Warwick Hadfield: Would it have been the same? Say you had gone to New Zealand and you had won a medal, would it have been quite the same, standing up there on the podium, as it would be as an Australian?
Rina Hill: No, I definitely donít think so. I couldnít even sing their national anthem, thatís for sure, so no, I mean Australia has been the place Iíve lived in all my life, and even though my husbandís a New Zealander and he loves like supporting the All Blacks and that, but really I think for me, my heart and soul is really in Australia and to represent Australia is just the ultimate for me.
Warwick Hadfield: Youíre 34. Did you think getting to an Olympic Games, whether it be for New Zealand or Australia, had slipped by you?
Rina Hill: Oh definitely. I thought after the last Games that it was basically over for me, in the triathlon scene anyhow, because I knew I was going to start a family between the 2000 Games and these ones of course, and I just didnít think Iíd get the time to do the amount of training that I would need, and look after a young child. So I thought if anything, Iíd have to take up another sport that only involved doing one lot of training. I was amazed how easy it all came back to me, and how Iíve been able to play my day out quite well with being a Mum, and doing my training.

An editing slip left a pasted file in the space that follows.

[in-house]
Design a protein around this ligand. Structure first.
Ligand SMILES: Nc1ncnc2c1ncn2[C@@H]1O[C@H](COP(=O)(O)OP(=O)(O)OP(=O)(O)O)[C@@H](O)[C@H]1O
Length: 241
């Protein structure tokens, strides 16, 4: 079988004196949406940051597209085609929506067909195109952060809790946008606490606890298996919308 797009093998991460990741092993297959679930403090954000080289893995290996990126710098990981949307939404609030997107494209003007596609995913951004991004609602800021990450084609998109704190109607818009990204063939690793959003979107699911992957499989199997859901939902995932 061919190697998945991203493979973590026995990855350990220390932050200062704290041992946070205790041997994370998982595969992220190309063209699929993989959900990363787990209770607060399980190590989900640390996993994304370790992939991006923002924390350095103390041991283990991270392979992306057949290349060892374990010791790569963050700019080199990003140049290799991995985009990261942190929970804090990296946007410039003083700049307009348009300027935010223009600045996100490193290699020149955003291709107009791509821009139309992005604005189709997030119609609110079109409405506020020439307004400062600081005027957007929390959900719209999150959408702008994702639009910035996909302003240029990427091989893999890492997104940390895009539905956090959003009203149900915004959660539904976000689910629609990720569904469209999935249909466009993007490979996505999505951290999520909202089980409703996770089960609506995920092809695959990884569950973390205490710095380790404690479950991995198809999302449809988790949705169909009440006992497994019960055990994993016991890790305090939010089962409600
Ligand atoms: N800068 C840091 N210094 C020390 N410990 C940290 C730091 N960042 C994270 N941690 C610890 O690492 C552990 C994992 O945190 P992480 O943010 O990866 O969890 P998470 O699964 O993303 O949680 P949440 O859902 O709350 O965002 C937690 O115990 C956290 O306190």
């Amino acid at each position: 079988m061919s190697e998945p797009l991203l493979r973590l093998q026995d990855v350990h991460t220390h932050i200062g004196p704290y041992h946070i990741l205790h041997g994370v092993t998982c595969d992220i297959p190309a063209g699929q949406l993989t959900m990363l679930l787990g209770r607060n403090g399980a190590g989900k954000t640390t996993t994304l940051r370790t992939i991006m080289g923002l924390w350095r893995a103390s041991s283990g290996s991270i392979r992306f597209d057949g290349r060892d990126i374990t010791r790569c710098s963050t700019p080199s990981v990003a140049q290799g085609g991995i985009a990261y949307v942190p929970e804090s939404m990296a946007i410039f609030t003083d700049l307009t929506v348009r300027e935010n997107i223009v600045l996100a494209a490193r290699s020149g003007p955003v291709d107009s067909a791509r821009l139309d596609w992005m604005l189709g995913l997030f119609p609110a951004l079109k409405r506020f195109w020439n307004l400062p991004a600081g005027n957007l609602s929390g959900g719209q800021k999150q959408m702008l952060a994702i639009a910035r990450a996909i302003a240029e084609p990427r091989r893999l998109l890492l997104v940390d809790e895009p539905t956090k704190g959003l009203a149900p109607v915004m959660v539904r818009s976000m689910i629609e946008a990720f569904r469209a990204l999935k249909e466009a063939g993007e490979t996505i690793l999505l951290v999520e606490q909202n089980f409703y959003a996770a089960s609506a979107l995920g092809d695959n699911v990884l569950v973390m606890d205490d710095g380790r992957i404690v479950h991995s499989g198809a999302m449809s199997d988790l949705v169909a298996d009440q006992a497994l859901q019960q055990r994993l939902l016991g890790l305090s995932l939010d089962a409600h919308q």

Warwick Hadfield: Your daughterís name is Richelle, and sheís about 18 months old, is that right?
Rina Hill: Sheís just over 19 months.
Warwick Hadfield: 19 months old. Tell me what impact being a mother had on your sporting career, because you hear people like Andre Agassi talking about how fatherhood has impacted on his tennis career. I know that Lisa Ondieki who of course was a marathon runner, she said that after youíve had a child, the pain of running a marathon is nothing compared to that, and itís also an inspirational thing. How much impact on you as an athlete has being a parent been?